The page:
2/16/21 Every week I run technical stock screens covering all NYSE and NASD stocks trading above $6 and averaging more than 1 million shares a day. This typically results in between 15 and 50 charts to review visually. I’m looking for low risk, high reward price structures, which I’m not smart enough to program into the screening process. But it’s ok. I like to look at charts. 😊
I was worried that the list was going to have a very bad week, but in the end, it wasn’t even a flesh wound. In fact, it was just a scratch. We definitely took some hits as the extreme volatility caused stops to get triggered in both directions. List performance slipped to an average gain of +2.1%, down from +2.6% the week before, on an average holding period of 8 days, down from 9 days the week before. This assumes cash trades, no margin, no options.
10 picks hit stop triggers, leaving 4 on the list. All are longs, and all look well positioned for additional gains. I have adjusted stops on all of them.
Here’s the list performance by symbol last week, along with updated closeouts, and adjusted stop levels (Table in subscriber report). Technical Trader subscribers click here to download the complete report.
The current screen from charts as of the close on May 17, had 159 total signals with 153 buy signals against 6 sell signals. This is similar to the numbers coming off the lows on March 28. The spread then was 155 to 8. Friday, therefore looks like more than a second wind for an old 6 month cycle up phase. It looks like a new upthrust. It’s no surprise, given the immense amount of cash that the Fed and the US Treasury are pumping into Primary Dealer and other big institutional accounts.
14 of the buy signals were fixed income ETFs. It’s rare to see them on the list because they usually fail the minimum volume test. The potential rally in these should be a selling opportunity.
5/9/21 The total number of signals had been generally trending down since the March 27 surge of 163 signals, of which 155 were buys. This shrinkage is normal as a trend progresses. Initial surges occur at significant intermediate term turning points. They generate residual momentum for several weeks.
The upside momentum from that initial push then wanes. After that period of waning momentum, there’s often a second wind.
For the week as a whole, there were 224 buy signals and 125 sells, a spread of +99. That compares with 168 buys and 96 sells, a spread of +72, the week before. It was as if the vicious mid-week selloff never happened. I wish it hadn’t!
I have highlighted new picks on the raw data table below (in subscriber report). I’ll add them to the list as of Monday’s open price. There are 8, all longs. This will bring the list to 14 picks, once again back to all longs, after having a few shorts for a couple of weeks.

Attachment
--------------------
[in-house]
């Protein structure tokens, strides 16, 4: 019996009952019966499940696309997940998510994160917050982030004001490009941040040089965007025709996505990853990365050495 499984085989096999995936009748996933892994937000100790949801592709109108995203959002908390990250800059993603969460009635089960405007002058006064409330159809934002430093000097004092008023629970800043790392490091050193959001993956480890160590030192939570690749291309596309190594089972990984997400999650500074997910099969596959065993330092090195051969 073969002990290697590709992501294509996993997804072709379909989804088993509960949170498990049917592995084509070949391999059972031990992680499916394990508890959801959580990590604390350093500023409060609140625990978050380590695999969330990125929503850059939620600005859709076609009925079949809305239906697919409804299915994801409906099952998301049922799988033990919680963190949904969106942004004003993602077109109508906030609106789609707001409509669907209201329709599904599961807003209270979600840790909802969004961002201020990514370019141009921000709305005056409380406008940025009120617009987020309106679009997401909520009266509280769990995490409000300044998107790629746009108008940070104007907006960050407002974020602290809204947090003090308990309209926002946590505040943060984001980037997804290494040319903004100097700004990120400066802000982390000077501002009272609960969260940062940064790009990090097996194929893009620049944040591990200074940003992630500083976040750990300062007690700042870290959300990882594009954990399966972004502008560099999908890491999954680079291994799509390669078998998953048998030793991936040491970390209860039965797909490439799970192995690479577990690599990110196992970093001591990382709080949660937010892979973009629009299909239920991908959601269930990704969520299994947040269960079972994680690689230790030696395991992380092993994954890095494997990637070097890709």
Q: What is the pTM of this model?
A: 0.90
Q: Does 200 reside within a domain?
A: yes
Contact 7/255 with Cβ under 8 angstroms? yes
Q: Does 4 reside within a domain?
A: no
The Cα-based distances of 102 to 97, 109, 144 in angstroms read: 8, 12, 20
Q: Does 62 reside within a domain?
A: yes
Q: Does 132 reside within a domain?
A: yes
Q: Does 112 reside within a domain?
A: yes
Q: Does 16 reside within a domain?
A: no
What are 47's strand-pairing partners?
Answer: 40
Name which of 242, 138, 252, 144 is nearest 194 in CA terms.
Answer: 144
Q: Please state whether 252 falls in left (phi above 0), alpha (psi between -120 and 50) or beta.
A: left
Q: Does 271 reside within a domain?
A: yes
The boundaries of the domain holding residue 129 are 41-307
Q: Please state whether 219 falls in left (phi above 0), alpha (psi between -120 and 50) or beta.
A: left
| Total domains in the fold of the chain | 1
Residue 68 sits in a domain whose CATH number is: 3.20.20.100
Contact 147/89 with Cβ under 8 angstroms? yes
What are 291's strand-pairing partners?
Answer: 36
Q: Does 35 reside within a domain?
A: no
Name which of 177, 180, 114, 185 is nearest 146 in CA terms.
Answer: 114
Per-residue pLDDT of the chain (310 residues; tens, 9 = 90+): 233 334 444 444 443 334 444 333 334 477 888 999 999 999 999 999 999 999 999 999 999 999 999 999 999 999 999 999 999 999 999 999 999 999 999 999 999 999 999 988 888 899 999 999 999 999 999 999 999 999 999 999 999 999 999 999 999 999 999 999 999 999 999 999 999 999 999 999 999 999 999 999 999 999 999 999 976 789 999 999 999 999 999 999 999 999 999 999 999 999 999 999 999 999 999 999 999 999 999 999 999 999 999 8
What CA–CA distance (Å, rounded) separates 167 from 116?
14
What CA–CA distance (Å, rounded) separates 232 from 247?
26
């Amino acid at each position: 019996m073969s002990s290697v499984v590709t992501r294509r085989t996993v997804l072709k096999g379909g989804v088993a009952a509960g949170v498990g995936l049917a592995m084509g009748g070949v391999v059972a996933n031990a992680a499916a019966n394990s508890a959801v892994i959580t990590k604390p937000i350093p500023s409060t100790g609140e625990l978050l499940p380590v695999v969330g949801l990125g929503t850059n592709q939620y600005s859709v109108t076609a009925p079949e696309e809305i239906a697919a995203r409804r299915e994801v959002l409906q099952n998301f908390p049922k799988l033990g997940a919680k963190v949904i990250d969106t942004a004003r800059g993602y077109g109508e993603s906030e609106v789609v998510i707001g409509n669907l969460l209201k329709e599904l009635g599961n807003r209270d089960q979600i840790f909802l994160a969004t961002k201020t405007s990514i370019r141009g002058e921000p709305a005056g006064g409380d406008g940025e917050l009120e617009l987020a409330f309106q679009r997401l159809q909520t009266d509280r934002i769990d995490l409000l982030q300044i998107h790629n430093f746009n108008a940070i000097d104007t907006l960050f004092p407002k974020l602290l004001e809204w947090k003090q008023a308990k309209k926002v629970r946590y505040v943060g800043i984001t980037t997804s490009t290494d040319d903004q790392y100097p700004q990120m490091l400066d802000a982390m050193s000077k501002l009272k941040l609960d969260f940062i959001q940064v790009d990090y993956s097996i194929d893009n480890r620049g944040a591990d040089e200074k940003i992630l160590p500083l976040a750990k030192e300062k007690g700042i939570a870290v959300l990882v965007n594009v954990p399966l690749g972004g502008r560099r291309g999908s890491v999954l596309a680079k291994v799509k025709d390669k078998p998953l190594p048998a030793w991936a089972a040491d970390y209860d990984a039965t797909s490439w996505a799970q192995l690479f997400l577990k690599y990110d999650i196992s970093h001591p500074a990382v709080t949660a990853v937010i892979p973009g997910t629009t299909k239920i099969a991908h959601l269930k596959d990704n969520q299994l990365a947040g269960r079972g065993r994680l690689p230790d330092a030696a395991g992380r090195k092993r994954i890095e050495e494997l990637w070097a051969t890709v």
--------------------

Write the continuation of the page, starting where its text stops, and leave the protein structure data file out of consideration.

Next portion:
The stop price on the table below is a protective stop level, or a do not enter level if price is below the stop price on the open on Monday. Note that I avoid all biotechs because of their propensity for countertrend surprises. I typically also avoid REITs.
This table summarizes recent list performance. Current charts of new and open picks are below (in subscriber report).
|Week Ended||Gain/Loss||Average Days Held|
Addenda- Charts (Subscribers only).
Want to know what the new picks are, along with the winners and losers still on the list from last week? Subscribe to the Technical Trader service and find out! New subscribers can try it risk free for the first 90 days.
The strategy and tactics opinions expressed in this report illustrate one particular approach to trading. No representation is made that it is the best approach, or even suitable for any particular investor.
These picks are illustrative and theoretical. Nothing in this letter is meant as individual investment advice and you should not construe it as such. I may buy, sell, sell short or cover short, or have positions in any of the stocks on the list at any time, based on a particular trading style that is unique to me. I post these items in good faith for informational and educational purposes, and do not take positions in opposition to those which are published. All chart picks are actively traded stocks, and I assume that no subscriber to these reports would take positions in a size that would influence the market price.
Performance tracking assumes 100% cash basis, no margin, no options. Trading involves risk of loss. In the case of options, the loss can be 100% of the amount invested.
The opinions expressed here assume that readers are experienced investors or are working with an investment advisor.